mirror before melting through.
Alternatively, you could remain with tungsten because of its high
melting point. The fragility of tungsten may be due to some amalgamation
with the Pt, which will also perhaps add to your problem by depositing W
also on the mirror. To avoid this, could you perhaps try placing some
inert material between the boat and the Pt? I have never tried this, but
you might try using a thin bed of sand (or pure silica or even a small
piece of coverslip) beneath the Pt. An indirectly heated tiny porcelain
crucible with the Pt inside might also work within a tungsten basket.
The last and possibly most effective way might be to go to electron beam
evaporation (with the gun pointing upwards) because here the substrate
and evaporant do not have to bear any mechanical stresses. If you have
access to suitable EB electrodes and the associated controller
electronics this would be a logical choice
Good luck,

Jim Chalcroft

-----Original Message-----
} From: Colin.Veitch-at-csiro.au [mailto:Colin.Veitch-at-csiro.au]
Sent: Tuesday, November 16, 2004 4:46 AM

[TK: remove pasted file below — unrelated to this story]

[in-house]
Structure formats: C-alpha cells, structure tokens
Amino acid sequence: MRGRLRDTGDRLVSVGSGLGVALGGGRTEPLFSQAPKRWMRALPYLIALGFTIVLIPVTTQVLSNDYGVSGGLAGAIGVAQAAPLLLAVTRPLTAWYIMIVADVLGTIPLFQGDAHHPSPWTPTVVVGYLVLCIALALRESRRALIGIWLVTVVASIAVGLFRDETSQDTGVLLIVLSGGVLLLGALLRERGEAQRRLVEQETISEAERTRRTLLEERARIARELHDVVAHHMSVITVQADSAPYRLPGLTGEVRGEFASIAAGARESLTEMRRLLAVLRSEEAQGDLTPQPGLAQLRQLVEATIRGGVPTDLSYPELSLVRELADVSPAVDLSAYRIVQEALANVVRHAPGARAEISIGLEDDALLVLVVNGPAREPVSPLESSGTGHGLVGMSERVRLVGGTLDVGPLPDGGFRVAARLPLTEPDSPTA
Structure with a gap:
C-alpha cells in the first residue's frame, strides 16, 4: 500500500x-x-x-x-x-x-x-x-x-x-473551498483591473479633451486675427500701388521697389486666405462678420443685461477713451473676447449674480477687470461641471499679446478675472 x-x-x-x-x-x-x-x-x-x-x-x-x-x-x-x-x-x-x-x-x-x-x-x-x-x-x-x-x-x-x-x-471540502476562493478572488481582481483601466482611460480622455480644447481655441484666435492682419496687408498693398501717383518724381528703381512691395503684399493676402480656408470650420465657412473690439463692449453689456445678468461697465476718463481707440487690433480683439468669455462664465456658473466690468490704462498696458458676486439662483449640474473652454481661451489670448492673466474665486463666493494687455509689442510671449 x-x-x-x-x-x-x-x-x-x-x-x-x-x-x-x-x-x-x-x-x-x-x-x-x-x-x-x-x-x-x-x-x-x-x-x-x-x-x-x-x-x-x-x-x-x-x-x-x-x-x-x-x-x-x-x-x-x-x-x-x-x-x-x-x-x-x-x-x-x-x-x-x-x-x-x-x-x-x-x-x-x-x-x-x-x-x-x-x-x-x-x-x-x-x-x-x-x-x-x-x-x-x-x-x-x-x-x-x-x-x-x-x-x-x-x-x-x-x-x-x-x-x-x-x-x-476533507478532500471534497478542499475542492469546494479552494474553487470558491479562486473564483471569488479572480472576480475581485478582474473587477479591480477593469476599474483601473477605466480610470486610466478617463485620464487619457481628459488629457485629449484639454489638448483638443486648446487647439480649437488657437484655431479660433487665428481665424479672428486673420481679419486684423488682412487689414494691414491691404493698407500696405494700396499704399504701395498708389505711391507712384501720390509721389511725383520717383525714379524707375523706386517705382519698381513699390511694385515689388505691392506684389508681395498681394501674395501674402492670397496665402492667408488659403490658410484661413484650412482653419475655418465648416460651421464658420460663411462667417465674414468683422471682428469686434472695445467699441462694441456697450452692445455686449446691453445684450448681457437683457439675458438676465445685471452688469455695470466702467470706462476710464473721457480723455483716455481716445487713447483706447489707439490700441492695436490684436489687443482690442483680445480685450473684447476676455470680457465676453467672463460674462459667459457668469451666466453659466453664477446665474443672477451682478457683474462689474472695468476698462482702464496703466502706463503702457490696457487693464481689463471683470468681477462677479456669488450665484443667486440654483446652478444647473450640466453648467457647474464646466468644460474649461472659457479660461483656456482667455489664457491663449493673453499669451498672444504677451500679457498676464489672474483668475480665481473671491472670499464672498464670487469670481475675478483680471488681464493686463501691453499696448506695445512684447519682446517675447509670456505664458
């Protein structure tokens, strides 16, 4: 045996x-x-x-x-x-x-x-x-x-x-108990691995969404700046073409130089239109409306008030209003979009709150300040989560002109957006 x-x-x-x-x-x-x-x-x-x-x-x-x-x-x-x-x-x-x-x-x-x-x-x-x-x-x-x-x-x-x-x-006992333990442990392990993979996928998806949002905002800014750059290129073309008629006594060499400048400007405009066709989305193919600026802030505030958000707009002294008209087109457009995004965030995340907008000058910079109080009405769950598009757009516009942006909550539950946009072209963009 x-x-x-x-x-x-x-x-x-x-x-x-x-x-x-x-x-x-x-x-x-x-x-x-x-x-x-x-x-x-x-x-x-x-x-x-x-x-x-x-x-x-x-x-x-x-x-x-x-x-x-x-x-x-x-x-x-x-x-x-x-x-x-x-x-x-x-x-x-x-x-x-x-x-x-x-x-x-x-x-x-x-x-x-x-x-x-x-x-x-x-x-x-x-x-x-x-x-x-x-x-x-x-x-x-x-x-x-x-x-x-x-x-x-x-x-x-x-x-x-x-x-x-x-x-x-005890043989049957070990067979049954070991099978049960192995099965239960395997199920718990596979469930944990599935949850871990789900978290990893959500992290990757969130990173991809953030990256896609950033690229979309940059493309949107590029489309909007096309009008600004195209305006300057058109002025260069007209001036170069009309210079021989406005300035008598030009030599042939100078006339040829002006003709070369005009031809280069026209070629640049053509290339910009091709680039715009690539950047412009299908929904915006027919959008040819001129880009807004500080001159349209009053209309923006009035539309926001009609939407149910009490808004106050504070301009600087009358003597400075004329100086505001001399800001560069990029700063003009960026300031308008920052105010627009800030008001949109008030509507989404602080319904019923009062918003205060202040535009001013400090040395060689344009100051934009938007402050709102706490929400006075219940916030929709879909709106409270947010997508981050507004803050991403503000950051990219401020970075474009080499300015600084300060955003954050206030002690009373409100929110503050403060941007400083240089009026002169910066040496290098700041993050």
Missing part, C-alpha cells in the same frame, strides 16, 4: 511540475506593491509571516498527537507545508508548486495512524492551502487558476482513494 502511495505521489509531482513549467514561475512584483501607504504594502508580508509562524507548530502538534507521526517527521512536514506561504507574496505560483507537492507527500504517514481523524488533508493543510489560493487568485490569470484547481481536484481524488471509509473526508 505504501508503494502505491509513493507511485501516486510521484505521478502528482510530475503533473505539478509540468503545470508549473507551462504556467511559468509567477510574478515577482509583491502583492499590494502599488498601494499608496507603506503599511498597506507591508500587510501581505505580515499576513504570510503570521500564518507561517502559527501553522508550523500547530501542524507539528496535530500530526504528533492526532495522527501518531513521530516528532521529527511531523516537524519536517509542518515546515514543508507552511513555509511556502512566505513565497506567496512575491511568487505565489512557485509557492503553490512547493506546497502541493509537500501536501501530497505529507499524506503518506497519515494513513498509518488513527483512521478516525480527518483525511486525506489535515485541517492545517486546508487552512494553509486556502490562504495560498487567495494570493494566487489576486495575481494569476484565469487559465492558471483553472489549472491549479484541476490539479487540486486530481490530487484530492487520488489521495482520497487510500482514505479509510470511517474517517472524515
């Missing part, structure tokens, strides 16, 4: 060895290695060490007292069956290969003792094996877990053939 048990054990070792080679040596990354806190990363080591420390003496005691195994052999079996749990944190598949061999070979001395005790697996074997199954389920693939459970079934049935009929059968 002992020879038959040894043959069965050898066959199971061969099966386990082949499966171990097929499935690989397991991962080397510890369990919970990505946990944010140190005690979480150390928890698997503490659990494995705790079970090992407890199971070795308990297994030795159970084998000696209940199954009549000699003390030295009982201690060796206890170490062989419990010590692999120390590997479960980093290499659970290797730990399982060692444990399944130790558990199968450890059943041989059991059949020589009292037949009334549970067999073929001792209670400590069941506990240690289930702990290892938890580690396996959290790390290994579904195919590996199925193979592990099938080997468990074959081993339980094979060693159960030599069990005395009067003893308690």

To: microscopy-at-msa.microscopy.com

Hi,

A colleague wants to make some Pt mirrors and has asked me to produce
them. I am having a great deal of difficulty evaporating the Pt though.
I have tried tungsten baskets, wires and boats, but when the Pt melts,
before it begins to evaporate the wire or boat breaks.

I have tried heating it up slowly and also quickly but with no luck!
Can anyone give me any clues as to how I might get the Pt films done?
Unfortunately evaporation is the only method I can use.

Thank you very much

Colin Veitch

Electron Microscopist

CSIRO Textile and Fibre Technology

PO Box 21, BELMONT, Vic. 3216. Australia.

E-mail: colin.veitch-at-csiro.au

Web: http://www.tft.csiro.au

Tel: +61 (0) 3 5246 4000
Mob: 0438 538 475
Fax: +61 (0) 3 5246 4811



The information contained in this e-mail message may be privileged or
confidential information. If you are not an intended recipient, you may
not copy, distribute or take any action in reliance on it. If you have
received this message in error, please telephone CSIRO Textile and Fibre
Technology on +61 3 5246 4000.







From MicroscopyL-request-at-ns.microscopy.com Tue Nov 16 05:14:34 2004



From: Frank Eggert :      eggert-at-mikroanalytik.de
Date: Tue, 16 Nov 2004 14:14:33 +0100
Subject: [Microscopy] Re: Quantitative versus semi-quantitative

Contents Retrieved from Microscopy Listserver Archives
http://www.microscopy.com/MicroscopyListserver/MicroscopyArchives.html

Colin